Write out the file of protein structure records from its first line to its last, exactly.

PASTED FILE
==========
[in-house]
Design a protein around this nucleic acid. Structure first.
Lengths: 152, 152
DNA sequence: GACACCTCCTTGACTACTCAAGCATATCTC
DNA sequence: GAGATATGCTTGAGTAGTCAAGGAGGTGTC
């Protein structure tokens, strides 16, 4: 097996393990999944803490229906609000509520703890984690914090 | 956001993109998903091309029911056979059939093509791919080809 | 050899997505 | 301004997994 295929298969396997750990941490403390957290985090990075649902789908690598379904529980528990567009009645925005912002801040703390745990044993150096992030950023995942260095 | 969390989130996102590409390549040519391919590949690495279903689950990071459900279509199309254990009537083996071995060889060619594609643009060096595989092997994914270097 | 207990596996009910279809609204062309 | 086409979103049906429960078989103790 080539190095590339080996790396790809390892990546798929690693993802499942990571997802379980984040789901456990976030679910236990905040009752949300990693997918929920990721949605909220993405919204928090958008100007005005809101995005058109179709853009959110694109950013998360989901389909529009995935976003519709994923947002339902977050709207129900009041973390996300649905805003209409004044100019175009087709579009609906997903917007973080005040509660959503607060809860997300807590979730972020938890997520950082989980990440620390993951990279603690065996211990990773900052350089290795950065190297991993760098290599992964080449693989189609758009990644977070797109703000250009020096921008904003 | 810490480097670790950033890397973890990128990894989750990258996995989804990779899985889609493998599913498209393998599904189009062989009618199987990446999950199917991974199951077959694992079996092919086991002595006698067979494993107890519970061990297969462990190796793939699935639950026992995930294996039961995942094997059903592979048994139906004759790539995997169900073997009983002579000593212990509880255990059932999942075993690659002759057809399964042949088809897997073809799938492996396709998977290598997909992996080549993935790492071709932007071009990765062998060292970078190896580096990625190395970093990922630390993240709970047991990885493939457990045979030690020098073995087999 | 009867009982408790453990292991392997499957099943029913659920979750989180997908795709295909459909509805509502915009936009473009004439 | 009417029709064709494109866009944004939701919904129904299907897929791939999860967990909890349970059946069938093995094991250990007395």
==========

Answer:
[in-house]
Design a protein around this nucleic acid. Structure first.
Lengths: 152, 152
DNA sequence: GACACCTCCTTGACTACTCAAGCATATCTC
DNA sequence: GAGATATGCTTGAGTAGTCAAGGAGGTGTC
């Protein structure tokens, strides 16, 4: 097996393990999944803490229906609000509520703890984690914090 | 956001993109998903091309029911056979059939093509791919080809 | 050899997505 | 301004997994 295929298969396997750990941490403390957290985090990075649902789908690598379904529980528990567009009645925005912002801040703390745990044993150096992030950023995942260095 | 969390989130996102590409390549040519391919590949690495279903689950990071459900279509199309254990009537083996071995060889060619594609643009060096595989092997994914270097 | 207990596996009910279809609204062309 | 086409979103049906429960078989103790 080539190095590339080996790396790809390892990546798929690693993802499942990571997802379980984040789901456990976030679910236990905040009752949300990693997918929920990721949605909220993405919204928090958008100007005005809101995005058109179709853009959110694109950013998360989901389909529009995935976003519709994923947002339902977050709207129900009041973390996300649905805003209409004044100019175009087709579009609906997903917007973080005040509660959503607060809860997300807590979730972020938890997520950082989980990440620390993951990279603690065996211990990773900052350089290795950065190297991993760098290599992964080449693989189609758009990644977070797109703000250009020096921008904003 | 810490480097670790950033890397973890990128990894989750990258996995989804990779899985889609493998599913498209393998599904189009062989009618199987990446999950199917991974199951077959694992079996092919086991002595006698067979494993107890519970061990297969462990190796793939699935639950026992995930294996039961995942094997059903592979048994139906004759790539995997169900073997009983002579000593212990509880255990059932999942075993690659002759057809399964042949088809897997073809799938492996396709998977290598997909992996080549993935790492071709932007071009990765062998060292970078190896580096990625190395970093990922630390993240709970047991990885493939457990045979030690020098073995087999 | 009867009982408790453990292991392997499957099943029913659920979750989180997908795709295909459909509805509502915009936009473009004439 | 009417029709064709494109866009944004939701919904129904299907897929791939999860967990909890349970059946069938093995094991250990007395």